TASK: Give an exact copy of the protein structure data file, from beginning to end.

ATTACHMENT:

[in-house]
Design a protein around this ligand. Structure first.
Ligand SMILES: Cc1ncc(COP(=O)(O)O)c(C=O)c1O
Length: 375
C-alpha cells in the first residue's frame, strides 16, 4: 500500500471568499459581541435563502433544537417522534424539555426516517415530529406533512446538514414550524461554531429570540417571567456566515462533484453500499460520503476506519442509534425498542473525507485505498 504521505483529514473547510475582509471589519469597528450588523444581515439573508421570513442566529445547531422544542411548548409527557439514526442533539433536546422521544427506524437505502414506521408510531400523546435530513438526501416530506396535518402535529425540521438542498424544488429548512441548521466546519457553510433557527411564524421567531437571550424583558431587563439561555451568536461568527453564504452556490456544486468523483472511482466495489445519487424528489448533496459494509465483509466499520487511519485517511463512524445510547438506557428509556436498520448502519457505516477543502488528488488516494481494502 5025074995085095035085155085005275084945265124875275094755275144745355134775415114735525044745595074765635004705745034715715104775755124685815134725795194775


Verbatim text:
[in-house]
Design a protein around this ligand. Structure first.
Ligand SMILES: Cc1ncc(COP(=O)(O)O)c(C=O)c1O
Length: 375
C-alpha cells in the first residue's frame, strides 16, 4: 500500500471568499459581541435563502433544537417522534424539555426516517415530529406533512446538514414550524461554531429570540417571567456566515462533484453500499460520503476506519442509534425498542473525507485505498 504521505483529514473547510475582509471589519469597528450588523444581515439573508421570513442566529445547531422544542411548548409527557439514526442533539433536546422521544427506524437505502414506521408510531400523546435530513438526501416530506396535518402535529425540521438542498424544488429548512441548521466546519457553510433557527411564524421567531437571550424583558431587563439561555451568536461568527453564504452556490456544486468523483472511482466495489445519487424528489448533496459494509465483509466499520487511519485517511463512524445510547438506557428509556436498520448502519457505516477543502488528488488516494481494502 5025074995085095035085155085005275084945265124875275094755275144745355134775415114735525044745595074765635004705745034715715104775755124685815134725795194775